The Mishneh Torah was written by Rabbi Moshe ben Maimon (also known as the Rambam or Maimonides) between the years 1170 and 1180 CE.
The Mishneh Torah details all of the laws mentioned in the Oral Law (Mishnah and Talmud). The Rambam’s intention was to provide an organised and practical way for people to learn about Jewish laws.
וּמִדִּבְרֵי סוֹפְרִים לְחַפֵּשׂ אַחַר הֶחָמֵץ בַּמַּחֲבוֹאוֹת וּבַחוֹרִים וְלִבְדֹּק וּלְהוֹצִיאוֹ מִכָּל גְּבוּלוֹ. וְכֵן מִדִּבְרֵי סוֹפְרִים שֶׁבּוֹדְקִין וּמַשְׁבִּיתִין הֶחָמֵץ בַּלַּיְלָה מִתְּחִלַּת לֵיל אַרְבָּעָה עָשָׂר לְאוֹר הַנֵּר. מִפְּנֵי שֶׁבַּלַּיְלָה כָּל הָעָם מְצוּיִין בַּבָּתִּים וְאוֹר הַנֵּר יָפֶה לִבְדִיקָה.
By rabbinic enactment, one must search for ḥametz in hiding-places and holes, and remove it from his entire domain. Also, by rabbinic enactment, one should search and remove the ḥametz by lamplight at night, at the beginning of the night preceding the fourteenth day of Nisan, because all the people are then at home and lamplight is best for searching.
- What two pieces of information does the Rambam add to what we already know about performing bedikat chametz?
- What reasons does he give for performing the mitzvah in this way?
Performing Bedikat Chametz in the 20th century
Read an excerpt from the oral history of Tilda Galpert, who describes Pesach preparations as a child in Mukachevo, Czechoslovakia (currently Ukraine). The full text can be found on the Centropa website.
After reading the excerpt below, answer the following questions:
I remember a general clean up of the house before Pesach. There wasn’t a single breadcrumb to be ignored. A day before the seder our father checked the whole apartment. My mother gave him a goose feather and a little shovel and he walked all corners [of the house] pretending that he was sweeping them. Pretending, since all corners were shining [from being] so clean. My father did this symbolic sweeping. There was some chametz hidden for him to find. My parents put this chametz into an old wooden spoon, tied it with a piece of cloth and burned it in the oven. This was the ritual in all Jewish families in Mukachevo. My brother did it after my father died. There was a Jewish bakery in Mukachevo. They started making matzah about a month before Pesach. The bakery was cleaned from chametz, then a rabbi inspected it and issued a certificate confirming that the bakery was clean. The bakery delivered matzah to Jewish homes. The Jewish community provided poor Jews with a bit of free matzah. My mother made traditional Jewish food on Pesach: chicken broth with matzah, gefilte fish, tsimes, strudels and cookies. On the first evening of Pesach my father conducted the seder. He sat at the head of the table and one of his youngest sons asked him the traditional questions [the mah nishtanah]. We prayed and sang songs. I don’t remember the lyrics, but I remember the tunes. We had no guests for the seder, but on the next day our parents’ relatives visited us.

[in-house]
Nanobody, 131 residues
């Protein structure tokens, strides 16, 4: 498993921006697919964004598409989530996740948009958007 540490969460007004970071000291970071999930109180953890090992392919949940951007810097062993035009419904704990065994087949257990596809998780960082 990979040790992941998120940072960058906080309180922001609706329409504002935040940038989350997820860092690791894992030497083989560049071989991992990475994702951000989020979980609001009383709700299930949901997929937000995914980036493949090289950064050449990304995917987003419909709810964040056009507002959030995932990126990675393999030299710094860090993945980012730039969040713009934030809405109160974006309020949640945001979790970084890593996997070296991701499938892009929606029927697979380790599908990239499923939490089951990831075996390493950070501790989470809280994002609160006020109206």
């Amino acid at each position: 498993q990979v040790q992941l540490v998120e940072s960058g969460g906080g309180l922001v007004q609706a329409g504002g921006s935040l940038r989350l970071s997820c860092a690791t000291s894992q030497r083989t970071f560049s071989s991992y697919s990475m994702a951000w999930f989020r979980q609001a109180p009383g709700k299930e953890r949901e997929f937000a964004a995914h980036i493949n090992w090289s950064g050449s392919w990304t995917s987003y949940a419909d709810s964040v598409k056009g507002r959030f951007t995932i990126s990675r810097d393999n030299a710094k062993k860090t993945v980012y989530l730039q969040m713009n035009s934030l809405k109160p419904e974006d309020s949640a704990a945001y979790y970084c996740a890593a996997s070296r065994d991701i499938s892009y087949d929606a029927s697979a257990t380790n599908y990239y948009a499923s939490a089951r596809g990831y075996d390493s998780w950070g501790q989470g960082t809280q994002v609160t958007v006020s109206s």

- Which details of Tilda Galpert's story match the texts that you studied?
- Which details of her story are illustrated on the postcards?
- What else did you learn about Tilda Galpert's family and their Pesach customs from the excerpt?
Preparing for Pesach in Your Home
How do you prepare for Pesach In your home?
- When do the preparations begin?
- What must be done to get ready for Pesach?
- Who does the work?
- How do you help your family get ready?
- What do you enjoy about the work and what do you find trying?
Putting It All Together
Choose one of the following options:
- Draw an illustration of your family doing bedikat chametz.
- Draw a picture of Tilda Galpert’s family doing bedikat chametz.
- Create a poster with instructions on how to do bedikat chametz.